According to multiple lawsuits, the stem of the dual-ended earplugs was too short for soldiers to insert the earplug deep enough into the ear canal to provide proper protection. The earplugs’ original manufacturer, Aearo Technologies, knew of this product design defect three years before it obtained the exclusive contract to sell the earplugs to the military, the Moldex lawsuit alleges.

“It is an absolute disgrace that 3M would purposefully provide defective equipment to U.S. service members, knowing that those service members would rely on that defective equipment in combat.”, attorney, Andrew Cobos, was quoted as saying by Military Times. “Their fraud resulted in lifelong injuries to America’s warriors. 3M’s actions cannot and should not be tolerated.”

According to one lawsuit, during the original testing of the Combat Arms earplugs, Aearo Technology staff rolled back the flanges on the non-inserted side of the earplugs in order to prevent them from loosening as a result of the short stem. When 3M bought out the company and took over the military contract, the company did nothing to correct the defect and failed to inform the military of it. It also failed to add any instructions to fold back the flanges to prevent loosening and related hearing damage.

The lawsuit goes on to claim that Aearo Technologies and 3M faked test results in order to meet the noise reduction rating required to sell its earplugs to the U.S. military. The testing was allegedly performed in-house rather than in an independent lab, as is required by federal law. Not only did the defective earplugs not meet the noise reduction rating requirement, one of the dual-ends was found to actually amplify sound, acting as a makeshift hearing aid, the original whistleblower lawsuit alleges.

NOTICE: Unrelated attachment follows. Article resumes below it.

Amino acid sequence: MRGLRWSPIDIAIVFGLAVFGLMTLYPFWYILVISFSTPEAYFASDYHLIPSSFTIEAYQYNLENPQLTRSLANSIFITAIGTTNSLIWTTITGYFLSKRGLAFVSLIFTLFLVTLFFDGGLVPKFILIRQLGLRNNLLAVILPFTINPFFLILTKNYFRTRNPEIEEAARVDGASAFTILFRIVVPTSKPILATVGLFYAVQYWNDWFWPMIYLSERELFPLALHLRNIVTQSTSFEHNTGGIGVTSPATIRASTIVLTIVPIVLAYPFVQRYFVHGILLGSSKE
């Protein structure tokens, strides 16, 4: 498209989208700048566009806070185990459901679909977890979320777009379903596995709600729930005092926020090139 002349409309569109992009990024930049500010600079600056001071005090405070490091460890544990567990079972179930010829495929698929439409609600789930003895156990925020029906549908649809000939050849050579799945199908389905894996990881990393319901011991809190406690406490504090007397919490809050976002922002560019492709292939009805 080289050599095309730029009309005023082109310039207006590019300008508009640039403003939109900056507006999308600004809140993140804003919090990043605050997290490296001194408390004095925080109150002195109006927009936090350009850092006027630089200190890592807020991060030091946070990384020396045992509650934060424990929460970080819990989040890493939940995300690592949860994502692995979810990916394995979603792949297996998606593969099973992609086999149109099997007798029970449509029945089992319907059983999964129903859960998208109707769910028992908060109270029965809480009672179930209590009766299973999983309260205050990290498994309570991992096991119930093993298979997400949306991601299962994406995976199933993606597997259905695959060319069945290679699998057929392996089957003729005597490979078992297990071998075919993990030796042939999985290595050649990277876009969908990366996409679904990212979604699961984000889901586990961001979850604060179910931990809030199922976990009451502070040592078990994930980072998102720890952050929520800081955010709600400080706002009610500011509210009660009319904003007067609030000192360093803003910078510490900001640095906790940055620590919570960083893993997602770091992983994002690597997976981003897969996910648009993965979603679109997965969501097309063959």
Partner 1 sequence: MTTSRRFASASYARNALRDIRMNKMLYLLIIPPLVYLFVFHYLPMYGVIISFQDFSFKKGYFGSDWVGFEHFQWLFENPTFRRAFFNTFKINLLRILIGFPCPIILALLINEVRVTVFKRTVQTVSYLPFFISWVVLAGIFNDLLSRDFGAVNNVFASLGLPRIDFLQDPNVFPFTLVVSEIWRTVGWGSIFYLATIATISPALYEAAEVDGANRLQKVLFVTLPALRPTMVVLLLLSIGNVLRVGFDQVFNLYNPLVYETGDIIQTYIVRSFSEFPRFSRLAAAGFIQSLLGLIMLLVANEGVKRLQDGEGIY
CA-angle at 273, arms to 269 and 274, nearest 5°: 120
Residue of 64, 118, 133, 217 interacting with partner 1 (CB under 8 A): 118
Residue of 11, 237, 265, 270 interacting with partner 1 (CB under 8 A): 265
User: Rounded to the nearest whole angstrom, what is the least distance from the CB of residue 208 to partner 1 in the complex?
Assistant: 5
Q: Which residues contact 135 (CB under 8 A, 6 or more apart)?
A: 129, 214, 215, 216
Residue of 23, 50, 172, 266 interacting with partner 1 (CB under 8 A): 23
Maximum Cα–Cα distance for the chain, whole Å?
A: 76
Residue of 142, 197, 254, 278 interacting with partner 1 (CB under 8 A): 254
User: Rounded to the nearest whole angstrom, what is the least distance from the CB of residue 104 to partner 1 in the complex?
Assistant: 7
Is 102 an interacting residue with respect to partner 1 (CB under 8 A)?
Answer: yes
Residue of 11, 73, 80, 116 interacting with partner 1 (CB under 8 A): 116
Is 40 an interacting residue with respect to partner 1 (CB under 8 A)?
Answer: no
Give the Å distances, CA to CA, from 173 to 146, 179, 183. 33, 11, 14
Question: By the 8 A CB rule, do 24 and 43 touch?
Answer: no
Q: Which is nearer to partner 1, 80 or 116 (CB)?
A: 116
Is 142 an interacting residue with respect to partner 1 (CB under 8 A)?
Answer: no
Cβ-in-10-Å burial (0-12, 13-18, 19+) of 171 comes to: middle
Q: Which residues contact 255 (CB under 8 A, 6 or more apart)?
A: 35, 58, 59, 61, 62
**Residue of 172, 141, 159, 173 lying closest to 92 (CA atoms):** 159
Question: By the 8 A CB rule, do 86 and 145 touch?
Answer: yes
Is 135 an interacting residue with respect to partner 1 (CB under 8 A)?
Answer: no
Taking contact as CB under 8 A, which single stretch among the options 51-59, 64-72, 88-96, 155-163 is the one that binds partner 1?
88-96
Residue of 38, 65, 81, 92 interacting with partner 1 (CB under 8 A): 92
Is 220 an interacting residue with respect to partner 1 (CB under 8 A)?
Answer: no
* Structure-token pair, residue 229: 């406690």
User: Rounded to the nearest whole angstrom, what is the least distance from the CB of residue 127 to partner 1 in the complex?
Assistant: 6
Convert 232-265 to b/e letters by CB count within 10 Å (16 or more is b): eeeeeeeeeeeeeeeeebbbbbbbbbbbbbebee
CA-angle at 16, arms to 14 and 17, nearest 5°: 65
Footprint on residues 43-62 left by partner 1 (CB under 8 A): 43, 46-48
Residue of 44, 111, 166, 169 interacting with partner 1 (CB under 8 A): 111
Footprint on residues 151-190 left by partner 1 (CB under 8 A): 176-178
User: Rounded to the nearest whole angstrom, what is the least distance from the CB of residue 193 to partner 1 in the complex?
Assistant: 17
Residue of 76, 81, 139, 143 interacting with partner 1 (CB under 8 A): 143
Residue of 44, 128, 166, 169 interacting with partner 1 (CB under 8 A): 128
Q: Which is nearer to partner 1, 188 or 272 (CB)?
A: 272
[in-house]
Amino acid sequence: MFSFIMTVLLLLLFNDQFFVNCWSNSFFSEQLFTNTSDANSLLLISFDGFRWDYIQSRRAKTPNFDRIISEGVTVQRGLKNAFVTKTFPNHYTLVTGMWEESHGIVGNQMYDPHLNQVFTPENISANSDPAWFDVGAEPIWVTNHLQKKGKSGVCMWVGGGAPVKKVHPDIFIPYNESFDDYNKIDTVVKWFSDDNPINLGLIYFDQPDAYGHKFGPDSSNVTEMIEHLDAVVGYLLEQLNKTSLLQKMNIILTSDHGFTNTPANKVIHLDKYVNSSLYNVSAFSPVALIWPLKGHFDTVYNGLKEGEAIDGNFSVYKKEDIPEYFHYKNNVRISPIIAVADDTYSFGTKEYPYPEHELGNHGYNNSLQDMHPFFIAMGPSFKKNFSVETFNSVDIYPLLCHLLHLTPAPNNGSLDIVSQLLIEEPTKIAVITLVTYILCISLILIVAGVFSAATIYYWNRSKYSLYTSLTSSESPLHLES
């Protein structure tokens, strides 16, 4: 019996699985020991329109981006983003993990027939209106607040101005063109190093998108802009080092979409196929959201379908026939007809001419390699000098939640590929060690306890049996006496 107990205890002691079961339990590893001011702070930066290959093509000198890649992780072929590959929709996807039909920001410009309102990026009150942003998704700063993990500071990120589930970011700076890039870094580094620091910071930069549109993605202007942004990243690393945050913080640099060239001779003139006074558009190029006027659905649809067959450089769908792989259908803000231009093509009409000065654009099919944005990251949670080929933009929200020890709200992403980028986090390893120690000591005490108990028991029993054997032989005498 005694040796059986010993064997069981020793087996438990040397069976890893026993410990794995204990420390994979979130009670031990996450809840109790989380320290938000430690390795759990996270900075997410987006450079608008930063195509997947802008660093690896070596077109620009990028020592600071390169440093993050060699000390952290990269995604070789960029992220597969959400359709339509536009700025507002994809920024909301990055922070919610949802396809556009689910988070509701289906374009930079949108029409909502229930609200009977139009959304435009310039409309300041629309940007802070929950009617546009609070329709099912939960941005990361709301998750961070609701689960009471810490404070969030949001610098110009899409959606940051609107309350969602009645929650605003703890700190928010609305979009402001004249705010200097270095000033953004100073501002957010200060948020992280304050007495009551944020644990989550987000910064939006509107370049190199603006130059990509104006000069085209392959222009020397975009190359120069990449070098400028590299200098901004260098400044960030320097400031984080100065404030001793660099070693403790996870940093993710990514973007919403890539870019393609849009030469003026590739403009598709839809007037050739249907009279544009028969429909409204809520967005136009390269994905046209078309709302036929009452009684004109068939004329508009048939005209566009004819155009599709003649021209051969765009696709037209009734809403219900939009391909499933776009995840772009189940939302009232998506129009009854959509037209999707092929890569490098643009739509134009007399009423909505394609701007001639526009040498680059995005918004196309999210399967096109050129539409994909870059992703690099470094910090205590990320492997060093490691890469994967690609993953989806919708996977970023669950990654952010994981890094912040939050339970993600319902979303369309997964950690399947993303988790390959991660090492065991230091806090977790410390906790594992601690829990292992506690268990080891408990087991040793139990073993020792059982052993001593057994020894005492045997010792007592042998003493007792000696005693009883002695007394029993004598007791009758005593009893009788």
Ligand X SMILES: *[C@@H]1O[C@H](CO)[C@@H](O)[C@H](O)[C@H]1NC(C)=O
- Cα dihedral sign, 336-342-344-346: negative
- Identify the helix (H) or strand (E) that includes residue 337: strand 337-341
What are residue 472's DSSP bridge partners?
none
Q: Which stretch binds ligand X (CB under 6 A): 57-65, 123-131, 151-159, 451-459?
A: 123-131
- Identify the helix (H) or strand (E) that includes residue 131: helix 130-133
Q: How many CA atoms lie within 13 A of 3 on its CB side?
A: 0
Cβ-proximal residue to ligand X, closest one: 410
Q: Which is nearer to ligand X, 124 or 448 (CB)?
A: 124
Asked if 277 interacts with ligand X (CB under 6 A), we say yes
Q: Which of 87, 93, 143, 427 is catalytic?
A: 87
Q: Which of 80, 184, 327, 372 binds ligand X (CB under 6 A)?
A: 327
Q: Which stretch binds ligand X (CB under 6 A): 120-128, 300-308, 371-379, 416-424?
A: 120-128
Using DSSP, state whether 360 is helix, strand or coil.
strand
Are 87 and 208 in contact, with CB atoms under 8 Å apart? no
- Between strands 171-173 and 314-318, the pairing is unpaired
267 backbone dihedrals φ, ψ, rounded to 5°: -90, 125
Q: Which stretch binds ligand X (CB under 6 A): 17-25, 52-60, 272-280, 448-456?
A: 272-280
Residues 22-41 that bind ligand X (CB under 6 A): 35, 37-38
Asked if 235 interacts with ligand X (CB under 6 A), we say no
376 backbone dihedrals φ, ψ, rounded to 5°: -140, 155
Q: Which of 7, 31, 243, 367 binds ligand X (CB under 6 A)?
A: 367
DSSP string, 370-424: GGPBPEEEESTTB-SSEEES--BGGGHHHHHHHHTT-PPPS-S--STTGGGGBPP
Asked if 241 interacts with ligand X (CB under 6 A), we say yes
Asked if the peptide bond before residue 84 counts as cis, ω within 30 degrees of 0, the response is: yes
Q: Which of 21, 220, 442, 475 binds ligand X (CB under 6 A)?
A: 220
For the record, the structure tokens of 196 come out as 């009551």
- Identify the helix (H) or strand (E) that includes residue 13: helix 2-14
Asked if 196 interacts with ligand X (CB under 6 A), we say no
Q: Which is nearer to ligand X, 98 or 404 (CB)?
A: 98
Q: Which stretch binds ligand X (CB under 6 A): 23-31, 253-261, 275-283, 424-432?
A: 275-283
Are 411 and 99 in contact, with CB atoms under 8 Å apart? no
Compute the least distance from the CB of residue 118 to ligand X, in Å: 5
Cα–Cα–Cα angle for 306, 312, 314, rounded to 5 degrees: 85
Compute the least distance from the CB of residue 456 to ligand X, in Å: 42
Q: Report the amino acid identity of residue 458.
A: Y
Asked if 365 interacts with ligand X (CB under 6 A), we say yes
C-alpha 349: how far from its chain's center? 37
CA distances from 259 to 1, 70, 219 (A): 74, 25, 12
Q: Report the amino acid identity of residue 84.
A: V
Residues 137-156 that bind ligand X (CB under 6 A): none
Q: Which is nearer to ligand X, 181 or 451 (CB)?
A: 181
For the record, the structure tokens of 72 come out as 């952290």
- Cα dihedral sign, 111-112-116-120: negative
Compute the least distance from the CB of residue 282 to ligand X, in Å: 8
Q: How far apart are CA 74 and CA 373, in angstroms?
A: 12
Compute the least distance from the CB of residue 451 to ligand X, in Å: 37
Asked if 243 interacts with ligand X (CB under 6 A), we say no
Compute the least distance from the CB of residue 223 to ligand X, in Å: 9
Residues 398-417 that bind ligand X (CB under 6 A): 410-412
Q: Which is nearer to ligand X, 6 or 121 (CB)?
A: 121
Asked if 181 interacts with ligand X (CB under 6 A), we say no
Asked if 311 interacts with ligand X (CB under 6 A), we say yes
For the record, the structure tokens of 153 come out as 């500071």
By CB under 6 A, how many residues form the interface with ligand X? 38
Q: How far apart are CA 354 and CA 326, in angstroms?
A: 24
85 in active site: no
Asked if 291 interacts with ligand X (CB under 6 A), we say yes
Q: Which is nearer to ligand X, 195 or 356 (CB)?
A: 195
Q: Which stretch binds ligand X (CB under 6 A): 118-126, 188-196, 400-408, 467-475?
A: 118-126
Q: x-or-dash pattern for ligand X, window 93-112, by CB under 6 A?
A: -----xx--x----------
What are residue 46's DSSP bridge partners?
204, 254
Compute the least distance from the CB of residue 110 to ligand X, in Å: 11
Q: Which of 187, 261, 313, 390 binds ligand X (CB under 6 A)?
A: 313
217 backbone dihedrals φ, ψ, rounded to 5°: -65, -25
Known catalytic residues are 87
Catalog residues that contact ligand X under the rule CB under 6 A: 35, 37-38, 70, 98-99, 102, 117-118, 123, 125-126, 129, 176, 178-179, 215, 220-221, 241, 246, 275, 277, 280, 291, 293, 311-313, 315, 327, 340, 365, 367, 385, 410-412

The company retested the more effective end of the earplugs after folding back the other end’s flange. Only then were they able to achieve the minimum noise reduction rating. Nevertheless, the company reported these altered results to the military, without reporting the alterations necessary to achieve them, and placed the false test results on marketing materials promoting the faulty devices. The company then took full advantage of an exclusive contract with the U.S. military, exposing millions to lifelong hearing loss, hearing damage, and tinnitus.

Combat Arms Earplug Lawsuits Continue to Accumulate Against 3M after Government Settlement

For over a decade, between the years of 2003 and 2015, Dual-Sided Combat Arms Earplugs were sold and manufactured to the US military to be used as standard issue equipment for service members in combat zones. A lawsuit was filed by a competitor and whistleblower called Moldex-Metric, Inc. which the US Department of Justice subsequently joined, and in 2018, the lawsuit was settled for $9.1 million.